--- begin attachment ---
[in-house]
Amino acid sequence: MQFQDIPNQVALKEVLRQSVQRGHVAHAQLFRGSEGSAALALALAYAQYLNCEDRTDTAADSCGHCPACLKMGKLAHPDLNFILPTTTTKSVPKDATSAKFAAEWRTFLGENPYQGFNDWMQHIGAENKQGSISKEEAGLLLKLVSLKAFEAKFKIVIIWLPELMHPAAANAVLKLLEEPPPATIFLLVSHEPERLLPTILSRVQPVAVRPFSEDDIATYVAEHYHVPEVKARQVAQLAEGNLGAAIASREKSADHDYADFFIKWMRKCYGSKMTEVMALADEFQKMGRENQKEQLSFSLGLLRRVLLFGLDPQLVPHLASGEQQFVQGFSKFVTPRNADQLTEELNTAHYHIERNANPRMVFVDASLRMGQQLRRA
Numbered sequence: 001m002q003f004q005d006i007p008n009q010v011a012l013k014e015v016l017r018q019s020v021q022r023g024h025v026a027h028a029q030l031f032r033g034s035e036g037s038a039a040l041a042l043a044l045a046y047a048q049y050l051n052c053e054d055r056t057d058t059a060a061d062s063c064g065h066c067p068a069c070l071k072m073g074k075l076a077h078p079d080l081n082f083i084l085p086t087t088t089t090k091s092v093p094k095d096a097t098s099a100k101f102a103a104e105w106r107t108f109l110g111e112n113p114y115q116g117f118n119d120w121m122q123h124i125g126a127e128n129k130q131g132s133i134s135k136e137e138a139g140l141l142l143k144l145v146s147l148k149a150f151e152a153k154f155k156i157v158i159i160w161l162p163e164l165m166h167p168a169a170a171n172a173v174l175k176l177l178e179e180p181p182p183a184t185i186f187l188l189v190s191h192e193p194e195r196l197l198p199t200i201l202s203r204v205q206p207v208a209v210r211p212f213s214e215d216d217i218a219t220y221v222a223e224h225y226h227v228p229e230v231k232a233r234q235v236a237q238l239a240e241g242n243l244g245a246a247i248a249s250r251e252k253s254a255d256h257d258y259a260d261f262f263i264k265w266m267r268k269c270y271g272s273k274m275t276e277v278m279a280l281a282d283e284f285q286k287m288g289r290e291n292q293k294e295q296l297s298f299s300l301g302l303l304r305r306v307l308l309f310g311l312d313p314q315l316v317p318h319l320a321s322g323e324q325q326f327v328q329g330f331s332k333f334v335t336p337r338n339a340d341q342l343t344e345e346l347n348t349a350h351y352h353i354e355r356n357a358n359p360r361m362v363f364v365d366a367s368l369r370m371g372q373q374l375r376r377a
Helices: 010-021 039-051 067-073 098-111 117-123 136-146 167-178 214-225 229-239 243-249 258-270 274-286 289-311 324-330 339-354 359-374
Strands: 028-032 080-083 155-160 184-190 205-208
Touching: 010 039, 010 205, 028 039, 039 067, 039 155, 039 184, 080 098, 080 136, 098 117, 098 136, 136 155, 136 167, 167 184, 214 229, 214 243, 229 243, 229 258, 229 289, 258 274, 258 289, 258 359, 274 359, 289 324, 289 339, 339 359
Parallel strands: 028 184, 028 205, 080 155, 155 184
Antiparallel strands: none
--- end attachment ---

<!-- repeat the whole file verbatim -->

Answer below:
[in-house]
Amino acid sequence: MQFQDIPNQVALKEVLRQSVQRGHVAHAQLFRGSEGSAALALALAYAQYLNCEDRTDTAADSCGHCPACLKMGKLAHPDLNFILPTTTTKSVPKDATSAKFAAEWRTFLGENPYQGFNDWMQHIGAENKQGSISKEEAGLLLKLVSLKAFEAKFKIVIIWLPELMHPAAANAVLKLLEEPPPATIFLLVSHEPERLLPTILSRVQPVAVRPFSEDDIATYVAEHYHVPEVKARQVAQLAEGNLGAAIASREKSADHDYADFFIKWMRKCYGSKMTEVMALADEFQKMGRENQKEQLSFSLGLLRRVLLFGLDPQLVPHLASGEQQFVQGFSKFVTPRNADQLTEELNTAHYHIERNANPRMVFVDASLRMGQQLRRA
Numbered sequence: 001m002q003f004q005d006i007p008n009q010v011a012l013k014e015v016l017r018q019s020v021q022r023g024h025v026a027h028a029q030l031f032r033g034s035e036g037s038a039a040l041a042l043a044l045a046y047a048q049y050l051n052c053e054d055r056t057d058t059a060a061d062s063c064g065h066c067p068a069c070l071k072m073g074k075l076a077h078p079d080l081n082f083i084l085p086t087t088t089t090k091s092v093p094k095d096a097t098s099a100k101f102a103a104e105w106r107t108f109l110g111e112n113p114y115q116g117f118n119d120w121m122q123h124i125g126a127e128n129k130q131g132s133i134s135k136e137e138a139g140l141l142l143k144l145v146s147l148k149a150f151e152a153k154f155k156i157v158i159i160w161l162p163e164l165m166h167p168a169a170a171n172a173v174l175k176l177l178e179e180p181p182p183a184t185i186f187l188l189v190s191h192e193p194e195r196l197l198p199t200i201l202s203r204v205q206p207v208a209v210r211p212f213s214e215d216d217i218a219t220y221v222a223e224h225y226h227v228p229e230v231k232a233r234q235v236a237q238l239a240e241g242n243l244g245a246a247i248a249s250r251e252k253s254a255d256h257d258y259a260d261f262f263i264k265w266m267r268k269c270y271g272s273k274m275t276e277v278m279a280l281a282d283e284f285q286k287m288g289r290e291n292q293k294e295q296l297s298f299s300l301g302l303l304r305r306v307l308l309f310g311l312d313p314q315l316v317p318h319l320a321s322g323e324q325q326f327v328q329g330f331s332k333f334v335t336p337r338n339a340d341q342l343t344e345e346l347n348t349a350h351y352h353i354e355r356n357a358n359p360r361m362v363f364v365d366a367s368l369r370m371g372q373q374l375r376r377a
Helices: 010-021 039-051 067-073 098-111 117-123 136-146 167-178 214-225 229-239 243-249 258-270 274-286 289-311 324-330 339-354 359-374
Strands: 028-032 080-083 155-160 184-190 205-208
Touching: 010 039, 010 205, 028 039, 039 067, 039 155, 039 184, 080 098, 080 136, 098 117, 098 136, 136 155, 136 167, 167 184, 214 229, 214 243, 229 243, 229 258, 229 289, 258 274, 258 289, 258 359, 274 359, 289 324, 289 339, 339 359
Parallel strands: 028 184, 028 205, 080 155, 155 184
Antiparallel strands: none